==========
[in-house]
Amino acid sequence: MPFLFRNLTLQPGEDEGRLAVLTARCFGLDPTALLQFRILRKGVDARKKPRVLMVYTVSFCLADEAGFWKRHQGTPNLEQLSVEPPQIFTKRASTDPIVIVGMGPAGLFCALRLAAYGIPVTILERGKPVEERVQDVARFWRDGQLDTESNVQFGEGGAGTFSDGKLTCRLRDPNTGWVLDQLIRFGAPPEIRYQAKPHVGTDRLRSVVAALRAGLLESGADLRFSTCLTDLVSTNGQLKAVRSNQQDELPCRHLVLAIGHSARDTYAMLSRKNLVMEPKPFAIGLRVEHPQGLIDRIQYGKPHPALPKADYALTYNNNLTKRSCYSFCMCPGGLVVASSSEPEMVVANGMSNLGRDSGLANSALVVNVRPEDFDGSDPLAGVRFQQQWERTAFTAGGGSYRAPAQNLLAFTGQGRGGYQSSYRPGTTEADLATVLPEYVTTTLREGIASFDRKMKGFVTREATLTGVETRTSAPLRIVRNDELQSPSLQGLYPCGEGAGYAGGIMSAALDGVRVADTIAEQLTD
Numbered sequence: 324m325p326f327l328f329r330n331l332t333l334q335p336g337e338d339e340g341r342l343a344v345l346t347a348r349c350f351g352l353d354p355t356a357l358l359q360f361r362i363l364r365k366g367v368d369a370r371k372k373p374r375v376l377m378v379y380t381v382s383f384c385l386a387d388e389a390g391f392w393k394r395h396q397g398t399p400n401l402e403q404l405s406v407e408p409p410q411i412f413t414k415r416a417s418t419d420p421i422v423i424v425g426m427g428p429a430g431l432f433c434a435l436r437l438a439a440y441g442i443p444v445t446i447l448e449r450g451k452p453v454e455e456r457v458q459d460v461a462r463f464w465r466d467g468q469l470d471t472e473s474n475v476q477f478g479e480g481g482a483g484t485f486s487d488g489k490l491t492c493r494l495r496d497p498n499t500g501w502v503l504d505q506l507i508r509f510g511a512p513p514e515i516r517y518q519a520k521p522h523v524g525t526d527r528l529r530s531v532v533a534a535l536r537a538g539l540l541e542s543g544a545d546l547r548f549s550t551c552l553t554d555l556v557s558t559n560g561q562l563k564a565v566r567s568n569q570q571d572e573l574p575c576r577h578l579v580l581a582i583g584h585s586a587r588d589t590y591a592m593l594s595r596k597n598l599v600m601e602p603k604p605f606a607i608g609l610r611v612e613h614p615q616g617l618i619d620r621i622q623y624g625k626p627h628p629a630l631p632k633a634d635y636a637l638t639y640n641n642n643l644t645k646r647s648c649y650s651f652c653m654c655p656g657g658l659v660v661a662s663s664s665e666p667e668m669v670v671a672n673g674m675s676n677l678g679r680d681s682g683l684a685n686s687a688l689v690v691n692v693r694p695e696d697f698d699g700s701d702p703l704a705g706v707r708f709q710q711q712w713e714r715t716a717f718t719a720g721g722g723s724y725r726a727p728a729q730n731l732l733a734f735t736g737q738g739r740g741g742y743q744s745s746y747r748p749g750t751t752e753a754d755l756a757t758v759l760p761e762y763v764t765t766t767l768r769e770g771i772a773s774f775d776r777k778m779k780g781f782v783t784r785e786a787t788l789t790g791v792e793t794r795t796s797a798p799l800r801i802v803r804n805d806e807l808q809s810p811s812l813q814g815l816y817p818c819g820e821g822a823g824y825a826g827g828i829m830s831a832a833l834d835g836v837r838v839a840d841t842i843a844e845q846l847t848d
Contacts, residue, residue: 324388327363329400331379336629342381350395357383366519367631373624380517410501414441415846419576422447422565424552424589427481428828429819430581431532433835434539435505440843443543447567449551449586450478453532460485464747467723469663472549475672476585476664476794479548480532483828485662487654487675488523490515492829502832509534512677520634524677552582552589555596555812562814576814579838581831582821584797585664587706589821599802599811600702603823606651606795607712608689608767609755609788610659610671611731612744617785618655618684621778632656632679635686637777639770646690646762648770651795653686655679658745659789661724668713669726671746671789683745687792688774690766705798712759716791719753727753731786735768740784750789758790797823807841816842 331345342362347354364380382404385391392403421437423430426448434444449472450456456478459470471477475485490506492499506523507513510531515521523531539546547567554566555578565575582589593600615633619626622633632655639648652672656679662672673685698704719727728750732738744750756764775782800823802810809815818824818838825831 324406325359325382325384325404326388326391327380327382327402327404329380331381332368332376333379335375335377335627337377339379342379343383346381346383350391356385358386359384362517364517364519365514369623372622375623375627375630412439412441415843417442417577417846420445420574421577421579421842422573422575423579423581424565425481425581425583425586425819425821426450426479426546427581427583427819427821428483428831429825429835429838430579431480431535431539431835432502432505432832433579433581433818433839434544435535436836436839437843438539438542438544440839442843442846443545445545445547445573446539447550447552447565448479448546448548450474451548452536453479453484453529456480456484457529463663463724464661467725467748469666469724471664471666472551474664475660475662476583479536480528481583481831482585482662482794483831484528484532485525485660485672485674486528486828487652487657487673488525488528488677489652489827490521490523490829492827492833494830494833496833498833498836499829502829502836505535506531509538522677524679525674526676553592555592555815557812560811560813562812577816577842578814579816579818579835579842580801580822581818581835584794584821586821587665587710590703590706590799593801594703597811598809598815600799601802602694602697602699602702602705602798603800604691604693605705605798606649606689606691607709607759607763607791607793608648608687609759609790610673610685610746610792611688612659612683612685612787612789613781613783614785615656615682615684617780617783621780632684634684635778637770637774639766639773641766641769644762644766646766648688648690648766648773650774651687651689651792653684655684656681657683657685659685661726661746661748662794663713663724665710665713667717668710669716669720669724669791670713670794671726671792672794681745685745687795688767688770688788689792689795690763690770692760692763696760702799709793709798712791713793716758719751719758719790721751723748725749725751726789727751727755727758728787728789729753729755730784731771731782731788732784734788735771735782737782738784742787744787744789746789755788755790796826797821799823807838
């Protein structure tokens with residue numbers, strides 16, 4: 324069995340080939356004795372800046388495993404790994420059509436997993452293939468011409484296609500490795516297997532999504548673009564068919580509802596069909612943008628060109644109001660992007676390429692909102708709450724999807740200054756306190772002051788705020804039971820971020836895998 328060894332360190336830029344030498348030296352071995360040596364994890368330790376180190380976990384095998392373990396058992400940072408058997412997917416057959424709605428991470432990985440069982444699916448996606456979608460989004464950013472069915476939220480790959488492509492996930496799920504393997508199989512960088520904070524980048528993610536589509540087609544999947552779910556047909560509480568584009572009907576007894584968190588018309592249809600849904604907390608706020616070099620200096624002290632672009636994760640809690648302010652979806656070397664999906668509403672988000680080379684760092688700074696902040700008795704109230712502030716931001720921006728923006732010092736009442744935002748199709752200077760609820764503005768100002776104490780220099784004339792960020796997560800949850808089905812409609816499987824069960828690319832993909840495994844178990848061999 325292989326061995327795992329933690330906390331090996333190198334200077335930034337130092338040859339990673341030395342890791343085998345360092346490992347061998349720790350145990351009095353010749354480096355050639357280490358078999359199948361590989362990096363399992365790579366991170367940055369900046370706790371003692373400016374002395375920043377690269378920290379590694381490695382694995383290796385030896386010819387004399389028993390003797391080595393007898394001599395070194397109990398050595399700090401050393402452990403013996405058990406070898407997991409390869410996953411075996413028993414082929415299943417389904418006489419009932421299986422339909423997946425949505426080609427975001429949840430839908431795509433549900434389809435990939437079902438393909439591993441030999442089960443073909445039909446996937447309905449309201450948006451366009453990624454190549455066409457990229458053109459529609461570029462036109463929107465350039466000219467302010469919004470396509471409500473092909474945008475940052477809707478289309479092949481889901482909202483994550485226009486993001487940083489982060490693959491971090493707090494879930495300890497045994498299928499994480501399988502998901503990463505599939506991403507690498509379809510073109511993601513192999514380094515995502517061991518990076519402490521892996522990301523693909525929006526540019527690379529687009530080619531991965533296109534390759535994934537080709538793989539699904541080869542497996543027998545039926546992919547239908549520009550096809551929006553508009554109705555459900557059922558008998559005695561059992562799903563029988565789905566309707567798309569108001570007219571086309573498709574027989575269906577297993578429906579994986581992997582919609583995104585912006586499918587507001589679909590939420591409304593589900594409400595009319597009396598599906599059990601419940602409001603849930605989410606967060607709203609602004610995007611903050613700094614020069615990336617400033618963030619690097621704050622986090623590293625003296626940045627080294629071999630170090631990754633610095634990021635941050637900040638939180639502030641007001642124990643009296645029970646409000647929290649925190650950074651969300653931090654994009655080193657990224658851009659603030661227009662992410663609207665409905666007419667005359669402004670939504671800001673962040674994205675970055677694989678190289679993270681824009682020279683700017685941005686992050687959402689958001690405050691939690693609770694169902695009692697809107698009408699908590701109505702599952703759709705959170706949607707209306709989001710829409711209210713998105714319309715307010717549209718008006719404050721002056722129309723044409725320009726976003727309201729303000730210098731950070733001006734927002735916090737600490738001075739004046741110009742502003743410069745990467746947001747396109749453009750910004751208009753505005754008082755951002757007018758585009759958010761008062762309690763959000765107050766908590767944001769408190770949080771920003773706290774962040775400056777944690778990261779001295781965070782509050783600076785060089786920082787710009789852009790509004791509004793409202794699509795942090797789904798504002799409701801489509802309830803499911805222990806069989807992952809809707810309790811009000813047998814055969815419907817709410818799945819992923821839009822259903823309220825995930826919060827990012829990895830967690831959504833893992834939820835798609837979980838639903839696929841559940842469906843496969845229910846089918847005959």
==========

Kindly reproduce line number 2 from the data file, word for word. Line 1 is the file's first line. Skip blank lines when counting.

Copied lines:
Amino acid sequence: MPFLFRNLTLQPGEDEGRLAVLTARCFGLDPTALLQFRILRKGVDARKKPRVLMVYTVSFCLADEAGFWKRHQGTPNLEQLSVEPPQIFTKRASTDPIVIVGMGPAGLFCALRLAAYGIPVTILERGKPVEERVQDVARFWRDGQLDTESNVQFGEGGAGTFSDGKLTCRLRDPNTGWVLDQLIRFGAPPEIRYQAKPHVGTDRLRSVVAALRAGLLESGADLRFSTCLTDLVSTNGQLKAVRSNQQDELPCRHLVLAIGHSARDTYAMLSRKNLVMEPKPFAIGLRVEHPQGLIDRIQYGKPHPALPKADYALTYNNNLTKRSCYSFCMCPGGLVVASSSEPEMVVANGMSNLGRDSGLANSALVVNVRPEDFDGSDPLAGVRFQQQWERTAFTAGGGSYRAPAQNLLAFTGQGRGGYQSSYRPGTTEADLATVLPEYVTTTLREGIASFDRKMKGFVTREATLTGVETRTSAPLRIVRNDELQSPSLQGLYPCGEGAGYAGGIMSAALDGVRVADTIAEQLTD